Why Prey Is Going Straight To Streaming

Perhaps the biggest question going around regarding the upcoming entry in the "Predator" franchise, "Prey," is the reasoning behind its release plan. Instead of having a theatrical release, the film will be released on August 5 directly to Hulu in the U.S. and Disney+ in other territories. Considering the buzz it received after its world premiere at San Diego Comic-Con, it seems surprising that a movie seemingly tailor-made for a communal watching experience will be forgoing it altogether.

In a recent interview with Uproxx, "Prey" director Dan Trachtenberg admitted that the movie was made with a theatrical experience in mind. However, he's not all doom and gloom about the change. "On the downside, it's not being released that way, so you can't see [it] in the theater," he reasoned. "But on the upside, the thing you're getting straight into your living room is a giant theatrical experience. It's not like a straight video dumping ground. It's like, 'this is a real movie.'"

This is fine and all, but there's still one question that remains: why? Why streaming exclusively and not a day-and-date release with theaters? According to Trachtenberg, it all boils down to internal studio politics.

They want things to feel premium

The "10 Cloverfield Lane" director told Uproxx that "Prey" going straight to streaming was a decision made to prove that streaming has blockbuster potential. While the profitability might differ between the two methods of distribution, Trachtenberg says that Disney wanted to use his film as proof of how cinematic experiences can still deliver on the small screen. "Hulu hasn't really had ... a 20th franchise baby that has come out yet," he explained, "so they're hoping to really ignite the platform to say, 'We're not just putting out the smaller, lower-budget fare.' That [Hulu] is also a place to have giant cinematic experiences."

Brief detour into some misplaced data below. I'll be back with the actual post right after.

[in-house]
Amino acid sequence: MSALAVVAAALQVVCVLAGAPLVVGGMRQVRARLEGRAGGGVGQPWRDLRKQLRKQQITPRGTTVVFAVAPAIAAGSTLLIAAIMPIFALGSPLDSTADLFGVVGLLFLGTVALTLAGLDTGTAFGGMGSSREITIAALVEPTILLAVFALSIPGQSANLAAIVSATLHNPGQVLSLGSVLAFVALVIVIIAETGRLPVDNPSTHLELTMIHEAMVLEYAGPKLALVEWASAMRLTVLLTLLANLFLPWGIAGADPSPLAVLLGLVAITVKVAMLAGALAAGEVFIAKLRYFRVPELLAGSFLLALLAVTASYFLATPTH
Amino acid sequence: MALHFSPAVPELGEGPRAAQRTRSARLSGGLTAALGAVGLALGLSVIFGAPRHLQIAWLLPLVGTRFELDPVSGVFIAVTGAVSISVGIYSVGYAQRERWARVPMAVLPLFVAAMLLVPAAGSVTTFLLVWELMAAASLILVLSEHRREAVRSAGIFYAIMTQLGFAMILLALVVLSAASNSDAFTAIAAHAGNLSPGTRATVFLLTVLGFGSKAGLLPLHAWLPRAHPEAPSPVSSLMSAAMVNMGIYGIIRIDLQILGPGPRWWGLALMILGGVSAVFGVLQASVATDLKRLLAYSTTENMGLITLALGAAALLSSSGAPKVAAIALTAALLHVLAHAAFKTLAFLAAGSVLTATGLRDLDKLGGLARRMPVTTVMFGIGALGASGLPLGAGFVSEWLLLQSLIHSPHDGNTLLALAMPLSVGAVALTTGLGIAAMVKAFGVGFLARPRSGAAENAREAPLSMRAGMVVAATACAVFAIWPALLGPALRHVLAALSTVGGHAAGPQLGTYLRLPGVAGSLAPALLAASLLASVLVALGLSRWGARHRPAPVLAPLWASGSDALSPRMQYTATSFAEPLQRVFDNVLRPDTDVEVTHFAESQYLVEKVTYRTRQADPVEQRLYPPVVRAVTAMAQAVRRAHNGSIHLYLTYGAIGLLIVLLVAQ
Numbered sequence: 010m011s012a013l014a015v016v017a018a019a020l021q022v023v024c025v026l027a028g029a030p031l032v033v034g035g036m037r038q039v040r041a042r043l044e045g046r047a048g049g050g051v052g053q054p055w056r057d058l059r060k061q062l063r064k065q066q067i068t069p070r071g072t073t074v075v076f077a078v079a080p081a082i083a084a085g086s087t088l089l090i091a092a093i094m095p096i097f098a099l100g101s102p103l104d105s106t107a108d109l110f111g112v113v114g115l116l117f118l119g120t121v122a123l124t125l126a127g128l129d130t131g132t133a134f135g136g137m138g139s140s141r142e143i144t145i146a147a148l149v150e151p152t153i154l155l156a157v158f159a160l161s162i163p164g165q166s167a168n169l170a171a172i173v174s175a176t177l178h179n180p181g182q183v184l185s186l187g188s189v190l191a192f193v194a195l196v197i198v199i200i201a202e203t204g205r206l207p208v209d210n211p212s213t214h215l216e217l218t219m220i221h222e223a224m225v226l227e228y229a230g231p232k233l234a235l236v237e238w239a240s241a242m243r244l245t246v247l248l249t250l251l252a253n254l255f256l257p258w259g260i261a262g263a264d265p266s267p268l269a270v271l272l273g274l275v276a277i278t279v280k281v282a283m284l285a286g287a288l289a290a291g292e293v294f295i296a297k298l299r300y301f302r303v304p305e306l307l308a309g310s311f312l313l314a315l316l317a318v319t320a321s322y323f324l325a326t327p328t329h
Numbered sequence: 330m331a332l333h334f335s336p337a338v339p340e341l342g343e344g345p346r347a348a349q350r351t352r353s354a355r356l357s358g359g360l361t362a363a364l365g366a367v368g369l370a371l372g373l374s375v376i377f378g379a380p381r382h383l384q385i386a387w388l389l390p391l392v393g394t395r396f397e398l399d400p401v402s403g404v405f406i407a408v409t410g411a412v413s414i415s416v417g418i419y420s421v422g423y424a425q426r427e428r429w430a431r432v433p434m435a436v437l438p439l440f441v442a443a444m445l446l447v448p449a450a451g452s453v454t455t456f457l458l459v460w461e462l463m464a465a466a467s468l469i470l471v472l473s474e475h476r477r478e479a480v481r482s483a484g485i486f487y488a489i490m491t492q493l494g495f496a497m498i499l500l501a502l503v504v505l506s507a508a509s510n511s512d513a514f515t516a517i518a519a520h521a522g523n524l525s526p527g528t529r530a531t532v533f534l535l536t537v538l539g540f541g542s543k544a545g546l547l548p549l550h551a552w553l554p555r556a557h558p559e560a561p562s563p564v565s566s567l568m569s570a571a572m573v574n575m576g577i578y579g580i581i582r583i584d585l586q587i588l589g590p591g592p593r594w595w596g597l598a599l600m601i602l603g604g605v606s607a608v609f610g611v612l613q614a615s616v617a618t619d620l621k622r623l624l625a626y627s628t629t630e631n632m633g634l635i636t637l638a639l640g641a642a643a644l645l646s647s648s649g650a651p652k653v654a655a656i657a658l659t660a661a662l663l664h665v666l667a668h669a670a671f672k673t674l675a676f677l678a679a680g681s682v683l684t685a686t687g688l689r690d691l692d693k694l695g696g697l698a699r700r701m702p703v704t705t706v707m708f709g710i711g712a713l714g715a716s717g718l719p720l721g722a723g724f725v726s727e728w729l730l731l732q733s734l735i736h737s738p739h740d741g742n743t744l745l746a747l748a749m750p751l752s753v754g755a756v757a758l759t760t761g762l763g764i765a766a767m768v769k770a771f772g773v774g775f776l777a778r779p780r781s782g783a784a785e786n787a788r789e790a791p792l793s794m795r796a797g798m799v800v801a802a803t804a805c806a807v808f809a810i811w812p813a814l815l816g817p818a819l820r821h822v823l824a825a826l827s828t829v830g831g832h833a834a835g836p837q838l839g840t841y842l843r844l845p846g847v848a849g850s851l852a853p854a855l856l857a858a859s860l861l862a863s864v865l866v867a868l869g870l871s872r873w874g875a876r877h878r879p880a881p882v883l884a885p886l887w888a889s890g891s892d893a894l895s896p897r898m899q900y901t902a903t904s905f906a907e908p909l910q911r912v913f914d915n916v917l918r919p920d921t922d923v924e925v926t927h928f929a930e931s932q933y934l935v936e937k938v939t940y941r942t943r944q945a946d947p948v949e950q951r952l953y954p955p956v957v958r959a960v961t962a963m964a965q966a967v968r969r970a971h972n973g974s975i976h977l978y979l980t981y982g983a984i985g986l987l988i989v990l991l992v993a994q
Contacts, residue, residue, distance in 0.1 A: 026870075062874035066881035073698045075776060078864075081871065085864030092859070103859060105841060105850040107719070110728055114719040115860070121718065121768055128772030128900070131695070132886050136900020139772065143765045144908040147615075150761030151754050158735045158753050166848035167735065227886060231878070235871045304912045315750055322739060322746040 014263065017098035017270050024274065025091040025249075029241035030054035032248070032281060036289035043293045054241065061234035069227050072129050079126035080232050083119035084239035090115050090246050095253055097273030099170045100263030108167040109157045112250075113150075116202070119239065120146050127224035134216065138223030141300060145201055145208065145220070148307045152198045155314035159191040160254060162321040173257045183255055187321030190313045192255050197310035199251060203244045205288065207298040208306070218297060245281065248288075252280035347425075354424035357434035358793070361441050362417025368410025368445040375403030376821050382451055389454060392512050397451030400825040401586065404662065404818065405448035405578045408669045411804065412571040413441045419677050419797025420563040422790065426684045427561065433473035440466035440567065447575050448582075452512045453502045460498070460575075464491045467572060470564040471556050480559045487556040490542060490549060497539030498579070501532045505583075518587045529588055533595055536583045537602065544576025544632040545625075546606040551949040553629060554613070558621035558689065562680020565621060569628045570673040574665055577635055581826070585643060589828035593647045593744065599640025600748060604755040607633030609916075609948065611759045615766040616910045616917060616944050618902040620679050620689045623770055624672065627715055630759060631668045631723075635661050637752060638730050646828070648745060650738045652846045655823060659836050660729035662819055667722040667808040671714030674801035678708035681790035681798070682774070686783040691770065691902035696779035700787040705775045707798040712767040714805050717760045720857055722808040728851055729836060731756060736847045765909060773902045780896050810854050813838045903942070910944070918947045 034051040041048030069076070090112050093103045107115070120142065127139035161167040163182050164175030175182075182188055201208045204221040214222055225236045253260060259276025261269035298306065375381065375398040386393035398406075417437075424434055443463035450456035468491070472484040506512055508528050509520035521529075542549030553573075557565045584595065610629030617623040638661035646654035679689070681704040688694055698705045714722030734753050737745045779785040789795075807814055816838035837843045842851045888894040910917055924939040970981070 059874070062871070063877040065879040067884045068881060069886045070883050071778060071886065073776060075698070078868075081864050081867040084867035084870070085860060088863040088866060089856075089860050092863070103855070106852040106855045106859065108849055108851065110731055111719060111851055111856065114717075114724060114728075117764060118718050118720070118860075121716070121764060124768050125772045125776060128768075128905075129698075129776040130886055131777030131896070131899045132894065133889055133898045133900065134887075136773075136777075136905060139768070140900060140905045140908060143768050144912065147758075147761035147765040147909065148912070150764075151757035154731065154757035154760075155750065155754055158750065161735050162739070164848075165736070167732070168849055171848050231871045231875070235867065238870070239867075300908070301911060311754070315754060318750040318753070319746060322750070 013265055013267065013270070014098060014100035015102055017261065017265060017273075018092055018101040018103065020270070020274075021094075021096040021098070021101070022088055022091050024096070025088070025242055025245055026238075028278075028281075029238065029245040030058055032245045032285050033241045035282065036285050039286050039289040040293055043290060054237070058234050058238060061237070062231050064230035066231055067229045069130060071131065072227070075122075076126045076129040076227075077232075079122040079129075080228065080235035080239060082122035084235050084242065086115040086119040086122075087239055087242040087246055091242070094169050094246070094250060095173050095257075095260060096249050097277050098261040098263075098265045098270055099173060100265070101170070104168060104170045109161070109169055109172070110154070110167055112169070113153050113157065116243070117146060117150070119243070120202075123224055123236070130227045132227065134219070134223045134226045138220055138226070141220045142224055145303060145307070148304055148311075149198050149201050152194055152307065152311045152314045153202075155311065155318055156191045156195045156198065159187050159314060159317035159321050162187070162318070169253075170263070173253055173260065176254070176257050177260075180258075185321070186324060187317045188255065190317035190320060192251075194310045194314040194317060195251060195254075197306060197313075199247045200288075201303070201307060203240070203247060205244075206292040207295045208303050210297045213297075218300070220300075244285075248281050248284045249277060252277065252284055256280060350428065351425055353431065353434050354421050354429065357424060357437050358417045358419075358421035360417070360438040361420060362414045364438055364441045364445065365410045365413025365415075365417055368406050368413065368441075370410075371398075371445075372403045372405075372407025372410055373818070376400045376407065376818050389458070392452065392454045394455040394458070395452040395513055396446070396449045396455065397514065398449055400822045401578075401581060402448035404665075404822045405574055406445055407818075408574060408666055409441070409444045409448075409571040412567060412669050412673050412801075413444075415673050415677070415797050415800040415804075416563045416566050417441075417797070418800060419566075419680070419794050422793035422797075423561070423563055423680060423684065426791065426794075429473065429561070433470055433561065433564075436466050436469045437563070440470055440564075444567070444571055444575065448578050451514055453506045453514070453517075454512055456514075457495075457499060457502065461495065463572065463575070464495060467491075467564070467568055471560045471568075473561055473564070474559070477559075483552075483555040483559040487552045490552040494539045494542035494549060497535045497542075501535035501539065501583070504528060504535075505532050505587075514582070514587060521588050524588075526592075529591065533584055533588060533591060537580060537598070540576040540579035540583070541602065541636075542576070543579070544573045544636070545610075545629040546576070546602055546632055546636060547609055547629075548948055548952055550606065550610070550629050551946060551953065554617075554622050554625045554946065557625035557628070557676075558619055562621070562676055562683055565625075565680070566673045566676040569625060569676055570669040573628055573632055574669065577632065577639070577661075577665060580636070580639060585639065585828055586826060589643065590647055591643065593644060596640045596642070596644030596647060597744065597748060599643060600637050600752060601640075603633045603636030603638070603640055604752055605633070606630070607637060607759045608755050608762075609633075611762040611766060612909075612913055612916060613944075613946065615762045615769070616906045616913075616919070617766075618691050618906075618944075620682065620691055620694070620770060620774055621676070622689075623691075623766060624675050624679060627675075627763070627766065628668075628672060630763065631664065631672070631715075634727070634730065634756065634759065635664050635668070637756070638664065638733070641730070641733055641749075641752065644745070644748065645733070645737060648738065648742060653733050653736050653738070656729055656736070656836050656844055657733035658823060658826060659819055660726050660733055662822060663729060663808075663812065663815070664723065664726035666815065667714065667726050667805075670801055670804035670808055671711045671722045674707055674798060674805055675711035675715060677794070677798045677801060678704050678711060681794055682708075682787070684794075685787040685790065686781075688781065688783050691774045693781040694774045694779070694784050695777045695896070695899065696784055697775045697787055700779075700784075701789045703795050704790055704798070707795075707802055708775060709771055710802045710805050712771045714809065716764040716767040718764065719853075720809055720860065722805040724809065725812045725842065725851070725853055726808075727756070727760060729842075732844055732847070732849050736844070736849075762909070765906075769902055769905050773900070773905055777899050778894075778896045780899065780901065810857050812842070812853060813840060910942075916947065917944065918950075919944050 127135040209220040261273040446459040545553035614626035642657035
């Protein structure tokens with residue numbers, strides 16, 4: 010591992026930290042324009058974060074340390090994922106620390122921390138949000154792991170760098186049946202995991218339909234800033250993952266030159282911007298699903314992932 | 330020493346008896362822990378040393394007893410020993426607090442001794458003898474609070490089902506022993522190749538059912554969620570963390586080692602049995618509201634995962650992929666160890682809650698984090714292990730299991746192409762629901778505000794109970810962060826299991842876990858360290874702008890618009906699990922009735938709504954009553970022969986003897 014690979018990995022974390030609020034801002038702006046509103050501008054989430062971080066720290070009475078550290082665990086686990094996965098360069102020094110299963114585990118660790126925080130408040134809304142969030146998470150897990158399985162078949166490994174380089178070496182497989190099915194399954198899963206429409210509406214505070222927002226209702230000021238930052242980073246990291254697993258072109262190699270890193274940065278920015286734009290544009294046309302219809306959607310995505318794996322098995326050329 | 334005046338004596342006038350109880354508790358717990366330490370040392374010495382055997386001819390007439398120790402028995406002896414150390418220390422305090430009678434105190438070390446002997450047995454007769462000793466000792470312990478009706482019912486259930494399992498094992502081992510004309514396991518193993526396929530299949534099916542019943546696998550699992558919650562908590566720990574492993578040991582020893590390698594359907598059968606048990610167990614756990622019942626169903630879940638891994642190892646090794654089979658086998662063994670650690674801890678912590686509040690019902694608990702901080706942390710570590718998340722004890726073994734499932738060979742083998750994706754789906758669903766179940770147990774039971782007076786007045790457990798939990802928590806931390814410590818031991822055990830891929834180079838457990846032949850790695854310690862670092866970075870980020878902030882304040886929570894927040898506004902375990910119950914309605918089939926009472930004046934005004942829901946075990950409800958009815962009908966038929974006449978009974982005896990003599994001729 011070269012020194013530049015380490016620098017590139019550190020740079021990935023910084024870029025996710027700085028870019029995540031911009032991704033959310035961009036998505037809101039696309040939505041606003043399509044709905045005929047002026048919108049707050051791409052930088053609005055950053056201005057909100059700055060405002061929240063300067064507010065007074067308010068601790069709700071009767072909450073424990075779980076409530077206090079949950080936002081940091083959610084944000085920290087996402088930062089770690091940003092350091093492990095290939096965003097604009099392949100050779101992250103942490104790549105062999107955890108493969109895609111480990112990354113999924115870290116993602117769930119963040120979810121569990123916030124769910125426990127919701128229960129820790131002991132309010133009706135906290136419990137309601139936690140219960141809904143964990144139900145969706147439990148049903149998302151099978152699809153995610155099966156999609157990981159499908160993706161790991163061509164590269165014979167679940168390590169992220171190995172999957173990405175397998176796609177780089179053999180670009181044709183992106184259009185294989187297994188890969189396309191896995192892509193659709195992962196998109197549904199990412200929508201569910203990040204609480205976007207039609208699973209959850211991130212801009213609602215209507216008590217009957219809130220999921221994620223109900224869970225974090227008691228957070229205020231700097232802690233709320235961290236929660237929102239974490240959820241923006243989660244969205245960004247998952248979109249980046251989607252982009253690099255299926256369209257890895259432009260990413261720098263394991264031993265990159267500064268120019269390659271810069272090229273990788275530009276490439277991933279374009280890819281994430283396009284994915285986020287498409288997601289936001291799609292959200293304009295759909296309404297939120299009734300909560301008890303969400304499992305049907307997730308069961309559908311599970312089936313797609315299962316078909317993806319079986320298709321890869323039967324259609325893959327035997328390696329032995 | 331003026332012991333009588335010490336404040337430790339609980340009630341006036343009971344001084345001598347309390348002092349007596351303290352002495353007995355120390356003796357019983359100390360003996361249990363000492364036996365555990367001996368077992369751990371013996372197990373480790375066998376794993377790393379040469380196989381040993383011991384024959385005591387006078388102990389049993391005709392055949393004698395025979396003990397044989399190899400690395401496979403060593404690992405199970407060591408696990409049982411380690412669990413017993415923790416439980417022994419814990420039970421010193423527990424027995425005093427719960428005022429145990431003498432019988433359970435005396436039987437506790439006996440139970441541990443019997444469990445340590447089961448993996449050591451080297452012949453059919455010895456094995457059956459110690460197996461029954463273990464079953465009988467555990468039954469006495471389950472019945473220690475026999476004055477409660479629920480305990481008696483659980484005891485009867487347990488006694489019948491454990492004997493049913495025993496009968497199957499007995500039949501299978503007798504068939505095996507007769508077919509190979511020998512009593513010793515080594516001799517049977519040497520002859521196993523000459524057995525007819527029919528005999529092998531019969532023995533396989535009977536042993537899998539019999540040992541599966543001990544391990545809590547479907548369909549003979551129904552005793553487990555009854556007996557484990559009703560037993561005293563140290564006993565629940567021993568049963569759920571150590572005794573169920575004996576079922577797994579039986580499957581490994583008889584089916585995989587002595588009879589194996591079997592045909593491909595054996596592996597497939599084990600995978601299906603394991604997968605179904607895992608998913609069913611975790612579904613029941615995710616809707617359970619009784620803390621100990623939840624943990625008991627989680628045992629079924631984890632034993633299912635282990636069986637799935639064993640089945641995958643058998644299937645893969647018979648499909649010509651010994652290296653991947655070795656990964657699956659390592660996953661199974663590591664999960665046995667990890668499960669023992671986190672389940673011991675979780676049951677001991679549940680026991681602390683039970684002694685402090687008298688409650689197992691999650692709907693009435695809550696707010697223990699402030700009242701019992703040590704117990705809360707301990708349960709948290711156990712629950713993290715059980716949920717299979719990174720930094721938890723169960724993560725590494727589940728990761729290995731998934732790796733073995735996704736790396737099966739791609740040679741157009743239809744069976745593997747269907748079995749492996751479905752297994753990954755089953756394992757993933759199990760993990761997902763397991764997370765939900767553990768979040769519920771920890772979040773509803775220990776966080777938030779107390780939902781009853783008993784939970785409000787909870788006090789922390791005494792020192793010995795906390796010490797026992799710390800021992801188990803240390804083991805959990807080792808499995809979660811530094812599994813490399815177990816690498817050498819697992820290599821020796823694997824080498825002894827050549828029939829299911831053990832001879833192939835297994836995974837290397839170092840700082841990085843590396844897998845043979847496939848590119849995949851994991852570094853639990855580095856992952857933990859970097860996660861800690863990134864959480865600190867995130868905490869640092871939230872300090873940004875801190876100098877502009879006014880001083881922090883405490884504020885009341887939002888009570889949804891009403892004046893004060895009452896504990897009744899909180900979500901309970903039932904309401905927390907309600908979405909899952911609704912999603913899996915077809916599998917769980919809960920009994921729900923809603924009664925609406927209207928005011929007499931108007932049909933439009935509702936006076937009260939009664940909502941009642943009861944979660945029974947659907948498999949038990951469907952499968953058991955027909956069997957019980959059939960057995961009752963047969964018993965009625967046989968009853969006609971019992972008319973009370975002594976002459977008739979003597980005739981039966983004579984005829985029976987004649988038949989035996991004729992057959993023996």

While this makes sense in theory, fans of the "Predator" franchise have been wondering if its previous installment had anything to do with the decision to put "Prey" on streaming. When "The Predator" was released in 2018 it was met with negative reviews (although our critic here at /Film didn't mind it), eventually becoming a box office disappointment. While it grossed $160 million worldwide, it only brought in $51 million domestically against a budget of $88 million, with marketing not being accounted for. 

Needless to say, it's easy to see why some speculate that Disney put the next film on streaming to just completely let the franchise go to the wayside. "It wasn't that way. I have to tell you" Trachtenberg countered. "They never said, 'cut the violence.' They never adjusted anything."

"Prey" will arrive on Hulu on August 5.